Cherries only ripen on the tree and their sweetness starts declining after harvest, so it’s worth seeking out at the farmers market if you can.
When are cherries in season?
You’ll find ripe cherries starting in April and ending sometime in July or August. They actually ship quite well, unlike other stone fruits (peaches, nectarines, etc) and usually arrive at stores within 2 days of being picked. This means you should be able to find high quality cherries in any part of the country.
That being said, cherries only ripen on the tree. When they are picked early, they don’t have a much time to develop a full flavor or get really sweet. On top of that, cherries convert their sugars into starch once harvested. This causes a decline in sweetness the longer they are stored, which can be slowed with refrigeration.
What is the difference between sweet and sour cherries?
Sweet cherries: These are better than sour cherries for eating fresh. They also work great in salads and in baking.
Bing cherries have a deep red color when ripe. Rainier cherries are yellowish with red blushes and are sometimes a bit more sweet than Bing and less acidic. These are commonly found in stores and farmers markets.
Tart (aka sour) cherries: These are most commonly used for juices, jams, and drying. Fresh sour cherries are rarely found in grocery stores but you might luck out at the farmers markets. They have a shorter season (usually mid-June through July) and spoil easier.
What are the best cherries for pies?
You can use tart / sour cherries, sweet cherries, or a mix of both. But you’ll want to treat each type differently.
Sour cherries are more commonly called for in pie recipes. These recipes also use about 50% more sugar to balance out the tartness. Since fresh sour cherries can be hard to find, many recipes have instructions for using frozen packages as well. If you use frozen, be sure to thaw and drain them or the pie will be soupy.
Sweet cherries also make excellent pies and this is what I always use (because I have a cherry tree in my back yard). The pies are delicious.
A note about color: when you cut open your cherries, if the flesh is more pale than red, the cherries might cook down into a pale red, slightly brown filling (rather than the typical deep-red filling). You can do one of two things to make sure that doesn’t happen:
- Add a couple drops of food dye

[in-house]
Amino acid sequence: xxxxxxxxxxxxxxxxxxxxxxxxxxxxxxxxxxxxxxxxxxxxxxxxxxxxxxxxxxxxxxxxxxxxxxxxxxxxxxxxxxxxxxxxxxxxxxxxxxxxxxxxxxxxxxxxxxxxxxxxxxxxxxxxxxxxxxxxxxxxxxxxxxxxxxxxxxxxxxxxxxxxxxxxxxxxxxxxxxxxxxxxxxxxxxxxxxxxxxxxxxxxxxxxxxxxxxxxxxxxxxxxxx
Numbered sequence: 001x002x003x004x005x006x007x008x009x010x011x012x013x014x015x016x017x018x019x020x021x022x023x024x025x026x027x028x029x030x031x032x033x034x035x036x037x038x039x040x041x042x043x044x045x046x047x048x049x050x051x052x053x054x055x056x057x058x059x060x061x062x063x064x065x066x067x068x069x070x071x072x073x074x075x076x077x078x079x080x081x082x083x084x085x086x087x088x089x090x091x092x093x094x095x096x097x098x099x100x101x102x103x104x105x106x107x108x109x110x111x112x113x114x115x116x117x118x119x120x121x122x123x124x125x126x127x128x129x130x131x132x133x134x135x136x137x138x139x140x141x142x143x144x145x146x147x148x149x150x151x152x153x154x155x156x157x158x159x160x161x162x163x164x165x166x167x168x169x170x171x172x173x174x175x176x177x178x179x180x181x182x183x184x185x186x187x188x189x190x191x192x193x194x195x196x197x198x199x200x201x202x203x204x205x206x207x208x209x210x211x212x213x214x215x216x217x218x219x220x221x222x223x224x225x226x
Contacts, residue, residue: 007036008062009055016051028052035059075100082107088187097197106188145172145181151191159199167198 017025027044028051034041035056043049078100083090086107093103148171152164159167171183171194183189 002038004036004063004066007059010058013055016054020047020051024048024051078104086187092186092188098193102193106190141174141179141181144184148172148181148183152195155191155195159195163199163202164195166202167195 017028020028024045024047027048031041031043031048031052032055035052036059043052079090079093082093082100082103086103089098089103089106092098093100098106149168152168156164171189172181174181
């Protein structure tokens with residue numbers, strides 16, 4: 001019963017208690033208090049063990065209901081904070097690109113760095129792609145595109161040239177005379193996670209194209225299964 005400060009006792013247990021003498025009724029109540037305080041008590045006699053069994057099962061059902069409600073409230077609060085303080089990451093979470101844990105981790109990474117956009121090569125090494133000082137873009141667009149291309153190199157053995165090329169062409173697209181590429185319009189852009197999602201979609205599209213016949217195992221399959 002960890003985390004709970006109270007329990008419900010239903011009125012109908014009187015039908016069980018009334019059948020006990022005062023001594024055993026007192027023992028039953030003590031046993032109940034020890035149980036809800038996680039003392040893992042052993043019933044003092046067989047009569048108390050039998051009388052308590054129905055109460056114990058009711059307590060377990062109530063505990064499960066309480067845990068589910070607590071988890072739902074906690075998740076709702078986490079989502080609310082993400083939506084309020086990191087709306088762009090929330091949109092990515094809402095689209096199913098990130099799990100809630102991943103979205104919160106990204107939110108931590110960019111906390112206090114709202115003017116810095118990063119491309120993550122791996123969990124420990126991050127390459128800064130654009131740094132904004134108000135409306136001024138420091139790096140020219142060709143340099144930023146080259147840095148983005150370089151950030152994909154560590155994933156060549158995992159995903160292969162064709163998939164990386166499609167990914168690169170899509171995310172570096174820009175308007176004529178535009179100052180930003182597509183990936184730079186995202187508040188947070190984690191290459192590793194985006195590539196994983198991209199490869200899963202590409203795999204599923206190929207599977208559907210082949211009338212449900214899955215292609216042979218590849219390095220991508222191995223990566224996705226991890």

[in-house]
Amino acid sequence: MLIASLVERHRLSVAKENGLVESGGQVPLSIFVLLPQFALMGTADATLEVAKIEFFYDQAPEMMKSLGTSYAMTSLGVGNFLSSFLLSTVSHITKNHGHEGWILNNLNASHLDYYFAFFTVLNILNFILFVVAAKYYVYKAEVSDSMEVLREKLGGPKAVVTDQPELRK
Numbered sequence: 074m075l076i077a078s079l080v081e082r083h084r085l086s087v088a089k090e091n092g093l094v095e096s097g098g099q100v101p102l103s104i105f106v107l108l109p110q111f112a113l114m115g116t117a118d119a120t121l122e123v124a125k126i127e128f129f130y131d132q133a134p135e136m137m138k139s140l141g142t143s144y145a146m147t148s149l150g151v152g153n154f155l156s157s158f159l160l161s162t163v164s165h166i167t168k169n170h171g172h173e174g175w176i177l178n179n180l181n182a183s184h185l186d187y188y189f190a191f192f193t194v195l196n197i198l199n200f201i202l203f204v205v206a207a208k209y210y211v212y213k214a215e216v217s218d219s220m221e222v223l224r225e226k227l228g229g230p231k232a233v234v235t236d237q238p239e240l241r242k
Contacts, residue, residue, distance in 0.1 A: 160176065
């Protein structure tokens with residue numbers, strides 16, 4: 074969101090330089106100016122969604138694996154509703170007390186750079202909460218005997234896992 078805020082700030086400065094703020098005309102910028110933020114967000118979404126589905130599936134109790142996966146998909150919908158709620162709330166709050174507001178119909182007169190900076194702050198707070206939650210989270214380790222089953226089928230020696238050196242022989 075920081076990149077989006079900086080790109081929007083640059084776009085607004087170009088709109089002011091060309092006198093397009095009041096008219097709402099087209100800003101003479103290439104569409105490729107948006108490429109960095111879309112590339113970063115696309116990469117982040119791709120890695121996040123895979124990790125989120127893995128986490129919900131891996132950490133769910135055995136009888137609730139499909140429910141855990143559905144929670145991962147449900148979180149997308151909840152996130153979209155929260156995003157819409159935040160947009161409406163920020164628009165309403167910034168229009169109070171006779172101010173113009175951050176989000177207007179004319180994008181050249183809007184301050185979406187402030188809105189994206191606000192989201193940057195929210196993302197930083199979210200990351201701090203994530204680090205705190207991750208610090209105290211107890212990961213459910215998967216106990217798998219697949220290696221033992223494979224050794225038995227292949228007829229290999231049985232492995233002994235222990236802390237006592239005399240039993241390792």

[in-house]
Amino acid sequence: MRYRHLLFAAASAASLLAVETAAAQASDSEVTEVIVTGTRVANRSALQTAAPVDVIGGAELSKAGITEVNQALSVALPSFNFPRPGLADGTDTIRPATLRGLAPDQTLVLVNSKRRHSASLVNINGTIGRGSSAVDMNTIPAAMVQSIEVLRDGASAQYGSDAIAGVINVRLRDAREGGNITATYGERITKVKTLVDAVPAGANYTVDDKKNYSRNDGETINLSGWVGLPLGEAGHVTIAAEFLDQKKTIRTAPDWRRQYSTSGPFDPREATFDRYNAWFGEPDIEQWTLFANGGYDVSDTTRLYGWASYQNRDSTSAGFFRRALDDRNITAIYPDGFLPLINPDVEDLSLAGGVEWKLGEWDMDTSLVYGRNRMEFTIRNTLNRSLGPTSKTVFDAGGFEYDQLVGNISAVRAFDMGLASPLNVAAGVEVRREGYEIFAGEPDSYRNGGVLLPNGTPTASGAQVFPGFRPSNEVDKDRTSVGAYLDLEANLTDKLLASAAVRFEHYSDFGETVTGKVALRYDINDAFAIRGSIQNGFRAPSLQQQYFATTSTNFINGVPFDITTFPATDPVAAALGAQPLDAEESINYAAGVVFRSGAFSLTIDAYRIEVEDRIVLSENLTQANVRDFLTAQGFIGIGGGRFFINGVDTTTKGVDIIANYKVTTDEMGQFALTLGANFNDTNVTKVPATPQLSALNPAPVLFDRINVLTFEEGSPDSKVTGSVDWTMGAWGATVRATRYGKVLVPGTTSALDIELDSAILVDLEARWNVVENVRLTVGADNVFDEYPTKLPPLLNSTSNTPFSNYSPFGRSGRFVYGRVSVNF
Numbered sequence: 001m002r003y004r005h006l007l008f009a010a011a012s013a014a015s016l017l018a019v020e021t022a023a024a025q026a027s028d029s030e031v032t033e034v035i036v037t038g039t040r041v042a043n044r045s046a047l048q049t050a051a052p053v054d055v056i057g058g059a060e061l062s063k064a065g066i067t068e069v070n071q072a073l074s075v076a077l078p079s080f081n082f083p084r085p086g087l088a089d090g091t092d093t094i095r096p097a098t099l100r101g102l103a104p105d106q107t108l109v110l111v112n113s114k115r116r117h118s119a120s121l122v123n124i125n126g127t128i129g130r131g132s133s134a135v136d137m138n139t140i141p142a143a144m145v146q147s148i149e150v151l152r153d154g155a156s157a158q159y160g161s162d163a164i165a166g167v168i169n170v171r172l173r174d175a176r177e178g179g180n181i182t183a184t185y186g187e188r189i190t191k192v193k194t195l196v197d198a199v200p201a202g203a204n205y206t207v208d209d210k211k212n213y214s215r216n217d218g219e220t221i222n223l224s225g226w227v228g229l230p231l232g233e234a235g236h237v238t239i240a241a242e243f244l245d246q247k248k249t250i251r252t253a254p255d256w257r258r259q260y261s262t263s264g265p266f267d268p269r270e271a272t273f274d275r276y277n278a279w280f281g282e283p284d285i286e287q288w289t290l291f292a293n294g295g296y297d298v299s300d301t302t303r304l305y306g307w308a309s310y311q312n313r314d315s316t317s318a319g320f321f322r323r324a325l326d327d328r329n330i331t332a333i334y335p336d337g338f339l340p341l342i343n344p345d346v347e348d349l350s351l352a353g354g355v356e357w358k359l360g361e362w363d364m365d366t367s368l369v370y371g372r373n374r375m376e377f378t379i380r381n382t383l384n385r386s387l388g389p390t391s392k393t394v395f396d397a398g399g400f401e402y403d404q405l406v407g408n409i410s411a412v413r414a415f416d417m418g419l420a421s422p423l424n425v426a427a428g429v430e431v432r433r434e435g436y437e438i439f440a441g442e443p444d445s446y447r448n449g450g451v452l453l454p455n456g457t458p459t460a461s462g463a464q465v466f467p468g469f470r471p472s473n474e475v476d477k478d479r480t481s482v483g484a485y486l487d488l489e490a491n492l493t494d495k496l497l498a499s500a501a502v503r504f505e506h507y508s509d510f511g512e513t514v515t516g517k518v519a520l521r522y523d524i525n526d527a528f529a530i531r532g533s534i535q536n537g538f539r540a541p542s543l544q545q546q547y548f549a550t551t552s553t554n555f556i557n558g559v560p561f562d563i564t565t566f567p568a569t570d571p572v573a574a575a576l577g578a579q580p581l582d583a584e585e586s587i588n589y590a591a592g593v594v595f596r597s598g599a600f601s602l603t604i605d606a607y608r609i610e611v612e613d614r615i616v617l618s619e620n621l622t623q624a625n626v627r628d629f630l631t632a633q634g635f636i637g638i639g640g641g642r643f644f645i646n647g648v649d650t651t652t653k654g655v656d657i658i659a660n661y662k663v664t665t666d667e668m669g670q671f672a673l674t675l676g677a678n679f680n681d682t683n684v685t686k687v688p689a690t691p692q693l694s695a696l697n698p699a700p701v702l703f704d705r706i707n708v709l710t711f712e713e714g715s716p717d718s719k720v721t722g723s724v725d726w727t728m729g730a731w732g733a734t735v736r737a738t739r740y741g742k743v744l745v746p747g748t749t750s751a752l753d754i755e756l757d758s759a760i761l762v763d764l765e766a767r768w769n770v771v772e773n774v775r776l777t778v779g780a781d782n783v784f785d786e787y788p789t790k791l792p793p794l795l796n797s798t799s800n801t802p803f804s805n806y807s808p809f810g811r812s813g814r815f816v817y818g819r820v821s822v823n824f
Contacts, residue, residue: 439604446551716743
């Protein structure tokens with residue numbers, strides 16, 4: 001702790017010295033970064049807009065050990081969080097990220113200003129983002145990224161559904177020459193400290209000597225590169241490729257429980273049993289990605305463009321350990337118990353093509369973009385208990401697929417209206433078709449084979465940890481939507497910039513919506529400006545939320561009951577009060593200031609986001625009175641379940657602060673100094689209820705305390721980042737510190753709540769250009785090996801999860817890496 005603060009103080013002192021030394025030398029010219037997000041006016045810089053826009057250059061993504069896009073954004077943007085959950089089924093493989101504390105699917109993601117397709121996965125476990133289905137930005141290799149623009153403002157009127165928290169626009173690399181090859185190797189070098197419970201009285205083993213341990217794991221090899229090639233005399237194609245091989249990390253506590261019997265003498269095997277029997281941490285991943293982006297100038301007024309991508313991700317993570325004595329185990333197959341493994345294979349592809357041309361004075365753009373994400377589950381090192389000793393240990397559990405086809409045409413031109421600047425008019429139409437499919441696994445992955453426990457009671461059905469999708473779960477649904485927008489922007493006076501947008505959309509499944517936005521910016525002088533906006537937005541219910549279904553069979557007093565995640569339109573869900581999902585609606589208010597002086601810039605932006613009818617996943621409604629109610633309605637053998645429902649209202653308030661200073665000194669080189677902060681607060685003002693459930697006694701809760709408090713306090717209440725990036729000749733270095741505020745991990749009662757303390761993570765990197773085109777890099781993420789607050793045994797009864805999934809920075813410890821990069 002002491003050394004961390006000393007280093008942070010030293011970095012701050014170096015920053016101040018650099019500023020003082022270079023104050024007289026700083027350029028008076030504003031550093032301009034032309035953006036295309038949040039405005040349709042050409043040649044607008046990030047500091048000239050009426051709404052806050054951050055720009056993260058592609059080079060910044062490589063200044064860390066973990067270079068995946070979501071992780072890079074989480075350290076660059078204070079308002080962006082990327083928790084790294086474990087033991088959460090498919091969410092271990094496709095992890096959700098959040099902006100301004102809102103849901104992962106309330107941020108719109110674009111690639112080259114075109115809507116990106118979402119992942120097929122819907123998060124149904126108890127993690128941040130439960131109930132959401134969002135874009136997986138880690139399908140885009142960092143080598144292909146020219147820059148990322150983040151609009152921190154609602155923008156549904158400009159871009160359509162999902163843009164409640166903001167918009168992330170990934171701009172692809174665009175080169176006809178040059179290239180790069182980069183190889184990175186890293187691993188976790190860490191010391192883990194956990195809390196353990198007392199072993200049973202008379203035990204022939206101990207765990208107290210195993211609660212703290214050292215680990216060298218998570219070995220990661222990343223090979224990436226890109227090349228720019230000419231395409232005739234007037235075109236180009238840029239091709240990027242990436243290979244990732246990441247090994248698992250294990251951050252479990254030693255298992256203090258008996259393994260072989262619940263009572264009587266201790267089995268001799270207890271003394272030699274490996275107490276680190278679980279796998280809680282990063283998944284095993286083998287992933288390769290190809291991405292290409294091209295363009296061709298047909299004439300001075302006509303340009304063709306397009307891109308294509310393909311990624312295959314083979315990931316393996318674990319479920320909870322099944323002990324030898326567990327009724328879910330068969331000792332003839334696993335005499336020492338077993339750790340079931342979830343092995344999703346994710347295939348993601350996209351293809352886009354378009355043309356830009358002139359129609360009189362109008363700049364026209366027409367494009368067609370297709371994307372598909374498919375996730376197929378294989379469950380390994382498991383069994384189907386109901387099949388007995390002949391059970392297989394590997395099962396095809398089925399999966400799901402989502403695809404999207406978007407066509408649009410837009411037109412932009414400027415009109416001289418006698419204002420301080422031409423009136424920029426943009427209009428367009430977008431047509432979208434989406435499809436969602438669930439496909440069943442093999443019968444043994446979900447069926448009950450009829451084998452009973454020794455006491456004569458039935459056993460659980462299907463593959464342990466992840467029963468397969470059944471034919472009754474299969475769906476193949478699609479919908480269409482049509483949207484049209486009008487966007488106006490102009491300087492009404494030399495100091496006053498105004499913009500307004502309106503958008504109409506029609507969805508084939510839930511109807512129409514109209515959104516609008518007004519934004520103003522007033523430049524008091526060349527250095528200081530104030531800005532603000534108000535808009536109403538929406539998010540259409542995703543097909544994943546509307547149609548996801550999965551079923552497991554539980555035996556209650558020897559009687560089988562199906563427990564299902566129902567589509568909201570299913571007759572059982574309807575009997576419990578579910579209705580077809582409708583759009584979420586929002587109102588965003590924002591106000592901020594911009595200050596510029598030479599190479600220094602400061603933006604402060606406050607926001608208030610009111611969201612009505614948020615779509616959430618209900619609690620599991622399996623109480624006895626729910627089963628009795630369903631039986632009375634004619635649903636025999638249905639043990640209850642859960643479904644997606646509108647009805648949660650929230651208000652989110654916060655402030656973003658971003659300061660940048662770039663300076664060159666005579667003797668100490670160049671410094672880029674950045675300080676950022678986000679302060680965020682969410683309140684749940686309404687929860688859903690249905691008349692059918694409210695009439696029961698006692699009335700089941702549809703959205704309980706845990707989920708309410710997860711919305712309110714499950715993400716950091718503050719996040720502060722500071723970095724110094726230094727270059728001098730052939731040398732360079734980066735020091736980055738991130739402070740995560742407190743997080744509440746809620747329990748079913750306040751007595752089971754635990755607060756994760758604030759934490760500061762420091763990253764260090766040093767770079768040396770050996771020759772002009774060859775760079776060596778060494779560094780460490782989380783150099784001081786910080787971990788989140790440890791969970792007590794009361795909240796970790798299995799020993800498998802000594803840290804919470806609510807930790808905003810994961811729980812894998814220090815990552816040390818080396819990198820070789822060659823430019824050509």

- Take a handful of cherries and half of a peeled plum (which is full of natural red dye) and blend it up. Mix that in with your cherry filling before cooking.
Cherry pie recipes
How to pick & store
To pick the best ones, look for plump, shiny skins with fresh green stems attached. Wrinkling indicates they are overripe or drying out.
Store cherries in a plastic bag in the fridge and they will last about a week.
How do you pit cherries without a cherry pitter?
I often cut around the pits and pull them out. But TheKitchn shares 3 ways to pit them (without a pitter) using a pastry tip, a paper clip, or a chopstick.
Should I buy organic?
The levels of pesticides found in non-organic cherries, by the EPA, is low. They are near organic-levels.
Consumer reports published an interactive infographic based on EPA pesticide tests. They tested the edible portions for the toxicity of each pesticide present and the amount of each pesticide. This was then turned into a report that showed the amount of servings needed to eat in a day to exceed the EPA’s levels of “reasonable certainty of no harm” to your health. “Low” levels are close to organic levels.
Nutrition & benefits
Cherries, 1 cup with pits
Nutrition & other information
- Cherries are 12% sugar by weight. To compare:
- Peaches: 10%
- Grapes: 16%
- Apples: 10%
- Strawberries: 6%
- Cherry pits are poisonous, but cases are very rare (more information at Bon Appetit)
- Cherries have almond, clove, and floral aromas that get stronger when cooked. This is why you often see cherries paired with almonds when baking
Each recipe below only uses ingredients that are in season at the same time as cherries, or ingredients that have a year-round season. Since their season overlaps with the beginning or end of other fruits and vegetables, the recipes are grouped into early season, late season, or anytime they are available.
…For late spring
Cherry & orange chicken salad with candied walnuts – recipe from The Goldilocks Kitchen
While celery is easy to found year-round, it isn’t technically in season during the hotter summer months. If you want to stick to strict seasonality, make this in April or May (although I’m sure this is refreshing in mid-summer, so I won’t judge, promise!). Different orange varieties are available year-round.
… For summer
Pork tenderloin with cherry & peach salsa – recipe from Floating Kitchen
Peach season starts in June, so plan for this toward the end of cherry season (June / July).
… For anytime cherries are in season
Black forest overnight oats – recipe from A Virtual Vegan
A perfect breakfast to wake up to on the weekend (or maybe the right way to start a Monday?)
Cherry, rosemary and balsamic roasted chicken – recipe from Heather Christo
Perfect anytime cherries are in season (and you feel like turning on your oven!)
Kale salad with cherries, pistachios and grilled flank steak – recipe by So Let’s Hang Out
Cherry, brie, and bacon quesadillas – recipe by Use Your Noodles
Cherry almond galette with brown sugar – recipe by The Road to Honey
Use sweet or tart cherries depending on your style (and what’s available).
Chocolate cherry galette – recipe from Baking a Moment
Because you can’t get enough cherry galettes, here is a chocolate version that also looks incredible! You should try both… in the name of science!